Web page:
Cookie Wars


Meghan Strecker

Depending on the amount of sugar in the cookie and how long it’s in the oven, the color may change. Some cookies become pale, others golden brown, and some an ashy black. Jade Weaver ‘21 said, “I don’t think I want to eat anything that’s the color of the school [walls], so I’ll go with a nice golden brown in a cookie!”

Megan Strecker, Web Editor

Cookies are an easy, go-to pastry for many home bakers, but what makes the best cookie remains up for debate. The vast variety of flavors and textures of this American staple are the crux of this debate, especially because, without knowledge of the science behind baking, it’s hard to control some of these factors. With countless combinations of textural components and a large spectrum of personal preferences, there is no exact, ideal cookie for everyone.

The first step to baking any sweet is to decide what flavor you’ll be making, a key detail usually based off of who and what the dessert is for, as well as what ingredients are easily accessible to the baker. “They’re a nice snack to have anywhere because they’re not too formal at certain events and they’re not too informal at other events, especially if you decorate them right,” said Kirstin Warren ‘21.

For example, when attending a tea party, a shortbread cookie would be more appropriate for the setting and beverages rather than a chocolate chip cookie. On the other hand, chocolate chips, typically packaged with a chocolate chip cookie recipe, are a common ingredient in American households. This convenience factor alone is enough for some bakers to make one flavor of cookie versus another.

For Leo Marandola ‘21, a cookie being easy to make is an important part of his decision-making process: “I’ve never had a peanut butter cookie that I’ve gone, ‘you’ve messed this up!’ You can’t mess it up, if you mess it up, you haven’t made a cookie and you’ll know.” 

After deciding on the type of cookie, it’s time to bake! When baking, the cookies become their own, unique concoction–their flavors become richer and the texture changes. Considering the numerous variables that make up a cookie, is there such a thing as a perfect cookie?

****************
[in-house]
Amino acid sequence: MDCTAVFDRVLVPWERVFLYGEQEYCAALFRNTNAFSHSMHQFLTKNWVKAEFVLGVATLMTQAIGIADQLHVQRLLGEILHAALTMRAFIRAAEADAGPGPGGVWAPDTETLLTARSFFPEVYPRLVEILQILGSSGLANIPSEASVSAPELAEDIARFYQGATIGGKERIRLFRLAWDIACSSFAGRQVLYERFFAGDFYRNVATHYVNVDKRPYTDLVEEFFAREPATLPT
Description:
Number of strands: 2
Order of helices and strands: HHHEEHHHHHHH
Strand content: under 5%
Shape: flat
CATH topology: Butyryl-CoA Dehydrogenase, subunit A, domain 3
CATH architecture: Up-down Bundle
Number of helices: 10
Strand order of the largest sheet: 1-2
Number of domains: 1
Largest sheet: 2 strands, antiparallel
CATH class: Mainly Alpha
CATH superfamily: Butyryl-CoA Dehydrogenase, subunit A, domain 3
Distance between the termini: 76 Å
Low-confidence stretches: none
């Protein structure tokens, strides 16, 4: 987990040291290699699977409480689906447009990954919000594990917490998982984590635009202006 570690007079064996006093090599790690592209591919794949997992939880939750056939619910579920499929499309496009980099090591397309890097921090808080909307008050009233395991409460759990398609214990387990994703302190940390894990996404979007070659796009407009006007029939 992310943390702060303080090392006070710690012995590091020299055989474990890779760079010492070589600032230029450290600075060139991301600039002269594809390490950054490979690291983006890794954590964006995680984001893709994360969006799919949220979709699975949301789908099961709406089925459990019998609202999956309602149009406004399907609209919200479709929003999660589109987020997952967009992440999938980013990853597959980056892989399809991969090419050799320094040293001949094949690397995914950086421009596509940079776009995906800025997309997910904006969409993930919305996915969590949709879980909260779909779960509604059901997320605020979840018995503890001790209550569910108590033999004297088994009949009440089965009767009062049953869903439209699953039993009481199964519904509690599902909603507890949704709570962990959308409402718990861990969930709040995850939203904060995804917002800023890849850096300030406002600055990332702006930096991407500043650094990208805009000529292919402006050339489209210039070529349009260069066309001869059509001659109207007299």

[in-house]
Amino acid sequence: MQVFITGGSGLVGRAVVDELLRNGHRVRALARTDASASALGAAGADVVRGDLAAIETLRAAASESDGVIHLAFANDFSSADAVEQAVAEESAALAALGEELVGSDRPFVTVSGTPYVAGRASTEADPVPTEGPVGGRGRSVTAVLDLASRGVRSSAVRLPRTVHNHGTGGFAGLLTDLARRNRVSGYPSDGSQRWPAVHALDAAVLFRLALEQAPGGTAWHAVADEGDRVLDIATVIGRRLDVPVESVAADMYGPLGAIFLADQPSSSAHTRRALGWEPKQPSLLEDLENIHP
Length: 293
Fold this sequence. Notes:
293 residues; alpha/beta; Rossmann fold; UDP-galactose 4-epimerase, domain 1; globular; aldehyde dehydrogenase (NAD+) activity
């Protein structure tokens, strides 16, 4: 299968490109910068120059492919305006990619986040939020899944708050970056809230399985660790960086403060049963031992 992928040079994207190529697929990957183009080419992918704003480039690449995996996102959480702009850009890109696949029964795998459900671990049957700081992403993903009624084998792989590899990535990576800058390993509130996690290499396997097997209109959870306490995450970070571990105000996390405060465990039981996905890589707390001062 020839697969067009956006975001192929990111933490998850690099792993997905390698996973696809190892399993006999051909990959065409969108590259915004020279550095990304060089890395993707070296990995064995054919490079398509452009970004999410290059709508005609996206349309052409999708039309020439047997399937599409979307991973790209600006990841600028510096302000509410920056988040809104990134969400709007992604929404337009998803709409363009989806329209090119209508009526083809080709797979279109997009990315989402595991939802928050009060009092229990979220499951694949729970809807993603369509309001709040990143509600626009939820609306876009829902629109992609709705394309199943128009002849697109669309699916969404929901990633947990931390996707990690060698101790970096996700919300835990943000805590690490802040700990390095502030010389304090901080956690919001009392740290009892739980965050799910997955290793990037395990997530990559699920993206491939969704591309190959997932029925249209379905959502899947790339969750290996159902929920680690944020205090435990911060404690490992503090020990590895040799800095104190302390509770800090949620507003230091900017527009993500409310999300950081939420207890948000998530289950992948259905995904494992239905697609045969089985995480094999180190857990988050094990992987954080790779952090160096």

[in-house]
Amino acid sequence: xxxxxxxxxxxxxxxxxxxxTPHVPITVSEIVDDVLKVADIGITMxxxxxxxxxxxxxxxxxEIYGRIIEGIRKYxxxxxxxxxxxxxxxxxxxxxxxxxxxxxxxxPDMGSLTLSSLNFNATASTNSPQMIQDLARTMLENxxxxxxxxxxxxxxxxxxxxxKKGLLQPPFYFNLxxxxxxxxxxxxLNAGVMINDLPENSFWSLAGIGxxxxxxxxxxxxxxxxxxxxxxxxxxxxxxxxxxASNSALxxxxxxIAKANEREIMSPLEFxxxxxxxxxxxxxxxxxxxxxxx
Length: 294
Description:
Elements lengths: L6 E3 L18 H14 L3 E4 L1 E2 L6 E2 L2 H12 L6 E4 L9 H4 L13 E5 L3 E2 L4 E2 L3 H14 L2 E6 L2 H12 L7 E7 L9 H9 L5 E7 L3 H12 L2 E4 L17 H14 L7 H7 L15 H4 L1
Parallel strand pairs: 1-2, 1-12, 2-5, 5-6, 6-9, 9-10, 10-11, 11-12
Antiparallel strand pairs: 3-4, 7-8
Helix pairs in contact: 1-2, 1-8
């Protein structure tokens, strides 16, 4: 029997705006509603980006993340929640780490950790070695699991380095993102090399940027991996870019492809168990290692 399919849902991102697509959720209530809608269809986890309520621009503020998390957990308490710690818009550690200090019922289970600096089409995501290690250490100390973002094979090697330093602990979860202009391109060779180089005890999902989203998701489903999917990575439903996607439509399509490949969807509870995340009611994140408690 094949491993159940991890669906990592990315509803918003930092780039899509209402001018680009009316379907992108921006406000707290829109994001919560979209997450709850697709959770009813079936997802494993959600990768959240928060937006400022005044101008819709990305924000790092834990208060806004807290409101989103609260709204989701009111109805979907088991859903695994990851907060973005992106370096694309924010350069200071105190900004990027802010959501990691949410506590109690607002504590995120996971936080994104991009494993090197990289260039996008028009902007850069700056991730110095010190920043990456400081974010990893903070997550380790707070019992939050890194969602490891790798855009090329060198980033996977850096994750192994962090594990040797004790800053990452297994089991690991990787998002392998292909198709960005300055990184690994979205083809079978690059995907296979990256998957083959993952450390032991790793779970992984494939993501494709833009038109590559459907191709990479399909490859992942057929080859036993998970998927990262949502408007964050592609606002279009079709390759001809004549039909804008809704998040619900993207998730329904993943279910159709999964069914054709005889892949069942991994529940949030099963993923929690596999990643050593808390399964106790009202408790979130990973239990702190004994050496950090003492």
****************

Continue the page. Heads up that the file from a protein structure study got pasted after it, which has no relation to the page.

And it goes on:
When it comes to the flavor profile of this dessert, Jade Weaver ‘21 said, “cookies aren’t supposed to be excessively sweet. It’s not supposed to be a sugary sweet–it’s more of a pastry that you’d have. You’re not looking for something super sweet, but something that you can eat in large amounts without feeling an immense amount of guilt.”

Other than not being overwhelming sweet, cookies need to have a texture that matches the flavor of the cookies. “Some cookies aren’t good when they’re soft like a gingersnap cookie. If it’s soft, we’ve failed; it’s a gingersnap cookie…[Although,] most cookies I like when they’re soft and fresh-baked,” said Marandola.

Finally, when the cookies are fresh out of the oven, it’s either time to decorate or snack. Some cookies have minimal to no decorating that can be done before the cooking process. For example, chocolate chip cookies are adorned with morsels before being placed into the oven. Meanwhile, sugar cookies can be covered in intricate swirls of royal icing after they’ve cooled down to room temperature.

Warren said, “Depending on the cookie, [I decorate them] with frosting or just placing the chocolate chips in specific places.” 

Each step of the cookie baking process can be altered to make one unique masterpiece. From the softness of a freshly baked chocolate chip cookie to a cold, sweet sugar cookie, everyone has their own preferences. Cookies are an incredibly customizable pastry that can be made to match anyone’s dessert preferences.